Every day more toxic nonstick chemicals are being discovered in our water, food and homes. Investigation of the expanding crisis shows that the chemicals continue to threaten our children’s health, disrupting their hormones. It’s essential that we limit how much we and our kids are exposed to.
What are PFAS chemicals?
Per- or polyfluoroalkyl substances, or PFAS, are a family of thousands of chemicals used to make nonstick – water-, grease-, and stain-repellent – coatings for a vast array of consumer goods and industrial applications. These chemicals are notoriously persistent in the environment and the body, and some have been linked to serious health hazards.
PFAS chemicals are added to some personal care products, clothing and fabrics, food packaging, and cookware. They’re found in high concentrations in firefighting foams used at airports and military bases. These substances end up in the environment after being thrown away, rinsed off or used up. Industrial facilities discharge them into air and water.
Because PFAS chemicals don’t break down, they spread. Eventually, these chemicals end up in our homes and bodies and in our children’s bodies. PFAS has been detected in food, and up to 110 million Americans could have PFAS-contaminated drinking water. Because exposure is so widespread, babies are born with detectable levels of PFAS already in their blood. EWG tests showed multiple PFAS compounds in the umbilical cord blood of all 20 babies tested.
What can we do?
The expanse of the PFAS crisis may feel insurmountable, but taking action today can reduce kids’ exposure to PFAS and limit the effect of these chemicals on their health and development. You can:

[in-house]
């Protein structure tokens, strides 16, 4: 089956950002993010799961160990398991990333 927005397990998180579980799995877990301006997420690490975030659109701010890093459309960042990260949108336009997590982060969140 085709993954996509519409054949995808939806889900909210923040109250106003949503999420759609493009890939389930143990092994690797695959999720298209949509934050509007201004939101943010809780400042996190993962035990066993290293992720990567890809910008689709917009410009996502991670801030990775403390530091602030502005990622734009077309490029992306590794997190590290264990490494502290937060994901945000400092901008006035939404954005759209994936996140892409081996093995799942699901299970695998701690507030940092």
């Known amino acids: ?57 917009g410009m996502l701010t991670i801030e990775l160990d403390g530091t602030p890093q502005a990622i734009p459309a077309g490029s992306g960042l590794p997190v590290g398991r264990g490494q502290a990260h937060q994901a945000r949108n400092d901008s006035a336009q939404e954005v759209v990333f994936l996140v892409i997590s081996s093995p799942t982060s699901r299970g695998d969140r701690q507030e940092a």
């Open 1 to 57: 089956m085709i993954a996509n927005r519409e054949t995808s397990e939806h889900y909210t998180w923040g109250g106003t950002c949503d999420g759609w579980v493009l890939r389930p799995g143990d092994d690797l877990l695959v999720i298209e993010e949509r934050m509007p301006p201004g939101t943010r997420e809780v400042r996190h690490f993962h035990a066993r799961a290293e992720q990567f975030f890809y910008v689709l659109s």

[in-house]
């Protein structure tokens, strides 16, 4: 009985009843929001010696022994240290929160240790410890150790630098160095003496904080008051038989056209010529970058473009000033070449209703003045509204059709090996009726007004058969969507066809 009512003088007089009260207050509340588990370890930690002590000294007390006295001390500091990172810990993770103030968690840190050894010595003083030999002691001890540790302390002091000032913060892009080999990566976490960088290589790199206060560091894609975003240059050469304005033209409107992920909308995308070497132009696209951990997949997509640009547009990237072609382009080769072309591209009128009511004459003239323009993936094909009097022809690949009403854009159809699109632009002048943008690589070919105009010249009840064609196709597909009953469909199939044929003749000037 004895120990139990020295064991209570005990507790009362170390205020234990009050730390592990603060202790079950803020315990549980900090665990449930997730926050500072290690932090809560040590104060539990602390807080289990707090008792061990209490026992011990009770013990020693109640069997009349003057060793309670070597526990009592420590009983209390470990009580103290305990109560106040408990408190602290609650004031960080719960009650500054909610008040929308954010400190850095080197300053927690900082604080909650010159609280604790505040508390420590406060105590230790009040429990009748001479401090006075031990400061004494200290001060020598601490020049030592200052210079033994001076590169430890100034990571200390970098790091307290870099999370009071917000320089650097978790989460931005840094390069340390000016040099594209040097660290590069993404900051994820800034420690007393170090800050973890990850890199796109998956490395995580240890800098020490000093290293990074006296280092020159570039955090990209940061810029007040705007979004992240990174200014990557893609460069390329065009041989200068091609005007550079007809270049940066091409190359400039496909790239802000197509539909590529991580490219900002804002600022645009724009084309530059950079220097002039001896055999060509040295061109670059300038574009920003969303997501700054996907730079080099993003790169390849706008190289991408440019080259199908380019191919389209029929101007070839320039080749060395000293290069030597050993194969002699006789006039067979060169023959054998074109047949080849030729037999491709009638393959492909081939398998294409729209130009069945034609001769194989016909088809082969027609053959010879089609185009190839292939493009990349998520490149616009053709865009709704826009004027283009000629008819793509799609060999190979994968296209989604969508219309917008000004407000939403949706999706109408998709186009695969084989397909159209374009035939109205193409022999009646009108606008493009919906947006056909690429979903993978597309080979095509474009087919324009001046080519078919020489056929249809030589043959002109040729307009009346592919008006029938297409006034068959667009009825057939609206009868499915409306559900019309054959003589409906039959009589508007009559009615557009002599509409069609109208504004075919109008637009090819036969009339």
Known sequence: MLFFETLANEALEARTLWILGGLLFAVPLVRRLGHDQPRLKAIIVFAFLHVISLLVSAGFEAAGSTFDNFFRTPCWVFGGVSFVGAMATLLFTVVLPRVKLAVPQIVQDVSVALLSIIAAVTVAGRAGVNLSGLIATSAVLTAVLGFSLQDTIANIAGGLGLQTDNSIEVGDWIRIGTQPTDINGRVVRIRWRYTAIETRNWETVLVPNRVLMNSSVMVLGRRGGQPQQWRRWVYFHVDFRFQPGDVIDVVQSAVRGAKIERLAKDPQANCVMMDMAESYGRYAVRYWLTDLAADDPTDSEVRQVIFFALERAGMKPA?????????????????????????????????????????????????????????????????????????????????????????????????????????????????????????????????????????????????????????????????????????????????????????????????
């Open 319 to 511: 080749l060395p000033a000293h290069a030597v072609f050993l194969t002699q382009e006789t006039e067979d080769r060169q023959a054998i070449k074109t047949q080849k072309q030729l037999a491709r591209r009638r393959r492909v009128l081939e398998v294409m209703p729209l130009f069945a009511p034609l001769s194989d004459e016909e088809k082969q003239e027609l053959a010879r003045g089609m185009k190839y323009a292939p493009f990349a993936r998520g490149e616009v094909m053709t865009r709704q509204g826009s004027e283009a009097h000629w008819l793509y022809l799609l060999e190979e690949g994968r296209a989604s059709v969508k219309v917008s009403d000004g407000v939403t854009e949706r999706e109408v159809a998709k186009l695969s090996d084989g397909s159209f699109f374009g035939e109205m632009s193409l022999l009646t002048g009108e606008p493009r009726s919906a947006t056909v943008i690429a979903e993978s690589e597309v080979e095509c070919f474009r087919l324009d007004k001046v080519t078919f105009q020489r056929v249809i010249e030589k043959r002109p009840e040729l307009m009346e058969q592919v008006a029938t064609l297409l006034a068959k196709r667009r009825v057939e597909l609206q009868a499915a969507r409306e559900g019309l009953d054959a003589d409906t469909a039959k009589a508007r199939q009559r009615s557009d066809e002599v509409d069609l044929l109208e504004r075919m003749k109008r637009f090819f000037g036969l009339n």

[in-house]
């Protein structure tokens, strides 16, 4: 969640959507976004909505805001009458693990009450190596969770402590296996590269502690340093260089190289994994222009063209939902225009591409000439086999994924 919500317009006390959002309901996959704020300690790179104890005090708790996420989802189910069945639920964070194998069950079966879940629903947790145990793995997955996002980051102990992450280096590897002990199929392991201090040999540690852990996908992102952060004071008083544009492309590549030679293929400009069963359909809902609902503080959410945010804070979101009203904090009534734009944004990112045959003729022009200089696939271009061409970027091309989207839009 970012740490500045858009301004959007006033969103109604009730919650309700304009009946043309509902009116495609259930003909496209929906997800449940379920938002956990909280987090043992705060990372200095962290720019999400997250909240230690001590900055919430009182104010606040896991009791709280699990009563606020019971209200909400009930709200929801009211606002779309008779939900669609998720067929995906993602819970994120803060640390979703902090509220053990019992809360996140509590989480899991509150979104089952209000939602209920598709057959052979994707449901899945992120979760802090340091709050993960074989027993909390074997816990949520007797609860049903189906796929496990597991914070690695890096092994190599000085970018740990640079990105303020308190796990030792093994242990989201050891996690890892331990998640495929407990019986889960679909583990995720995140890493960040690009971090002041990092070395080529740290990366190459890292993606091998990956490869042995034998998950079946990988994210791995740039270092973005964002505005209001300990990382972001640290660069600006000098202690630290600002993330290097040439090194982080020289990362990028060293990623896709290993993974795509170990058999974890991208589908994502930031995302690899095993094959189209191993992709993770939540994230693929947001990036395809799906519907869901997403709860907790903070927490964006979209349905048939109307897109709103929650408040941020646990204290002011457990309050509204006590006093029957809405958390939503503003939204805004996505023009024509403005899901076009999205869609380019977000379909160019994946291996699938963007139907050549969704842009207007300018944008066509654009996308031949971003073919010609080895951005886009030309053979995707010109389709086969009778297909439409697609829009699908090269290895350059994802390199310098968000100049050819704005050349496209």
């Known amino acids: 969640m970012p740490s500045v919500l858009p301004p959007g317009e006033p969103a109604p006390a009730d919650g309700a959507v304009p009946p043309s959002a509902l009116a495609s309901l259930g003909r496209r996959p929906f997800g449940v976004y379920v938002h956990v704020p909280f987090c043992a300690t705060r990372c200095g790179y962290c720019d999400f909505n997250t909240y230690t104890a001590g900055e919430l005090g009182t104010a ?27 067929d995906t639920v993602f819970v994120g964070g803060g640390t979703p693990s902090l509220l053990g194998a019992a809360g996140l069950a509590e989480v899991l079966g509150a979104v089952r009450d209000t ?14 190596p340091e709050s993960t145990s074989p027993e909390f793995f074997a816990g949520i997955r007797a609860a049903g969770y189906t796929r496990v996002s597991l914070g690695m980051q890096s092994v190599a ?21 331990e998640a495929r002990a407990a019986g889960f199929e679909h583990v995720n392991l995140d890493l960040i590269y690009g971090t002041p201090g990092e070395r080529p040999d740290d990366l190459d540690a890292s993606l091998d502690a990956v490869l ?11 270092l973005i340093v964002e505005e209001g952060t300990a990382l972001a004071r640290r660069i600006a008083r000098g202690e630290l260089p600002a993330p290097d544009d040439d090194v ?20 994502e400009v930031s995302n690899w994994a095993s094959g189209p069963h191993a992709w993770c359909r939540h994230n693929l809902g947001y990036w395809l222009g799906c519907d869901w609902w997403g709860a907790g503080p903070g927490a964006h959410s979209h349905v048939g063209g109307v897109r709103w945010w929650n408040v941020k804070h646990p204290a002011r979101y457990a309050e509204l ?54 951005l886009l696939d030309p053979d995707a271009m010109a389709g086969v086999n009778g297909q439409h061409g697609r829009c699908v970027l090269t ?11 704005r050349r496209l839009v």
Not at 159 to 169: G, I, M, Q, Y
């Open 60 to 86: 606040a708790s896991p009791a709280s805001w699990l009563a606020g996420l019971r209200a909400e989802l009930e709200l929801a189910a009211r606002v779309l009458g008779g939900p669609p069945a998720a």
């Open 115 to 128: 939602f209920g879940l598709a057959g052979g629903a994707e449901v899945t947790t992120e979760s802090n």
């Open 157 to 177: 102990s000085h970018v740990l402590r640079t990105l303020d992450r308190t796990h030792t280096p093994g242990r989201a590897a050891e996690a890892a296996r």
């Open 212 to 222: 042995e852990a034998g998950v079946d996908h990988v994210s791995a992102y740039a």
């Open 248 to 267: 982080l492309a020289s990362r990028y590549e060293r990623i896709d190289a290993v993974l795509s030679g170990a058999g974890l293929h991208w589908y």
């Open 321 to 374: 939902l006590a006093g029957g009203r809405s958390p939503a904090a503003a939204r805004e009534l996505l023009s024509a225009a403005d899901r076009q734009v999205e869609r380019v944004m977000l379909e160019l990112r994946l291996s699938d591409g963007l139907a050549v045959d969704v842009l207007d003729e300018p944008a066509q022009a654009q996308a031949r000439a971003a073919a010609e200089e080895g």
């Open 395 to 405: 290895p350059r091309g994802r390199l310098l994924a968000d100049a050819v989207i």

- Filter your water, if necessary. Certified water filters may help reduce the levels of some PFAS compounds in drinking water; search for them in the EWG Water Filter Guide.
- Choose stainless steel or cast-iron cookware over nonstick.
- Check for PFAS in personal care products on EWG’s Skin Deep.
- Avoid packaged food and takeout containers lined with waterproof or greaseproof coatings. Use real plates, and make popcorn the old-fashioned way.
- Wet-mop floors and use a vacuum with a HEPA-filter to remove household dust that may contain PFAS.
- Avoid fabrics treated with nonstick chemicals like Teflon, Scotchgard and Gore-tex, among others.
PFAS chemicals are everywhere, and they aren’t going away any time soon. Manufacturers continue to produce hundreds to thousands of these compounds, and the EPA and FDA continue to allow them. Until federal agencies step up to protect our children, use EWG’s Guide to Avoiding PFAS Chemicals to avoid PFAS in your home and keep your children safe.
Taking as many of these steps as possible will help reduce PFAS in your home, but to truly stem the tide of toxic exposures, PFAS contamination needs to be stopped at its source. New PFAS chemicals continue to come onto the market and into our environment unchecked. Learn more about must be done to clean up this crisis on the EWG PFAS Chemicals page.